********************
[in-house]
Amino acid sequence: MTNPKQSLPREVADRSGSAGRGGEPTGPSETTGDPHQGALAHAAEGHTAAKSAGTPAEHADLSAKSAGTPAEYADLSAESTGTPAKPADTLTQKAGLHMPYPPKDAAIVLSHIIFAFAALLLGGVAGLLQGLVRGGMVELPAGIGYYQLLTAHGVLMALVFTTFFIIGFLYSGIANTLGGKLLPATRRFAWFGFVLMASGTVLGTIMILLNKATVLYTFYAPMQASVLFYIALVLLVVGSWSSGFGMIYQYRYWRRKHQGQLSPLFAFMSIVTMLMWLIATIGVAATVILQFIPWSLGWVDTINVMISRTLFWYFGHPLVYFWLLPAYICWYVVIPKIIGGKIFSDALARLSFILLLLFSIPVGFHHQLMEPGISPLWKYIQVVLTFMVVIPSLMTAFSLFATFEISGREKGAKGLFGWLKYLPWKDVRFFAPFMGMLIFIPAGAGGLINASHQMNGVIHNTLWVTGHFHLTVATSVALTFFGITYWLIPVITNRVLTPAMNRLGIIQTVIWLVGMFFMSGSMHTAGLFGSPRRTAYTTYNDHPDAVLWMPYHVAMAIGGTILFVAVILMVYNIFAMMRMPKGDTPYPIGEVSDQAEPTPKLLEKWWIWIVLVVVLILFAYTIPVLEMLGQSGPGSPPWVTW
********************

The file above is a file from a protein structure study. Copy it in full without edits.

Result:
[in-house]
Amino acid sequence: MTNPKQSLPREVADRSGSAGRGGEPTGPSETTGDPHQGALAHAAEGHTAAKSAGTPAEHADLSAKSAGTPAEYADLSAESTGTPAKPADTLTQKAGLHMPYPPKDAAIVLSHIIFAFAALLLGGVAGLLQGLVRGGMVELPAGIGYYQLLTAHGVLMALVFTTFFIIGFLYSGIANTLGGKLLPATRRFAWFGFVLMASGTVLGTIMILLNKATVLYTFYAPMQASVLFYIALVLLVVGSWSSGFGMIYQYRYWRRKHQGQLSPLFAFMSIVTMLMWLIATIGVAATVILQFIPWSLGWVDTINVMISRTLFWYFGHPLVYFWLLPAYICWYVVIPKIIGGKIFSDALARLSFILLLLFSIPVGFHHQLMEPGISPLWKYIQVVLTFMVVIPSLMTAFSLFATFEISGREKGAKGLFGWLKYLPWKDVRFFAPFMGMLIFIPAGAGGLINASHQMNGVIHNTLWVTGHFHLTVATSVALTFFGITYWLIPVITNRVLTPAMNRLGIIQTVIWLVGMFFMSGSMHTAGLFGSPRRTAYTTYNDHPDAVLWMPYHVAMAIGGTILFVAVILMVYNIFAMMRMPKGDTPYPIGEVSDQAEPTPKLLEKWWIWIVLVVVLILFAYTIPVLEMLGQSGPGSPPWVTW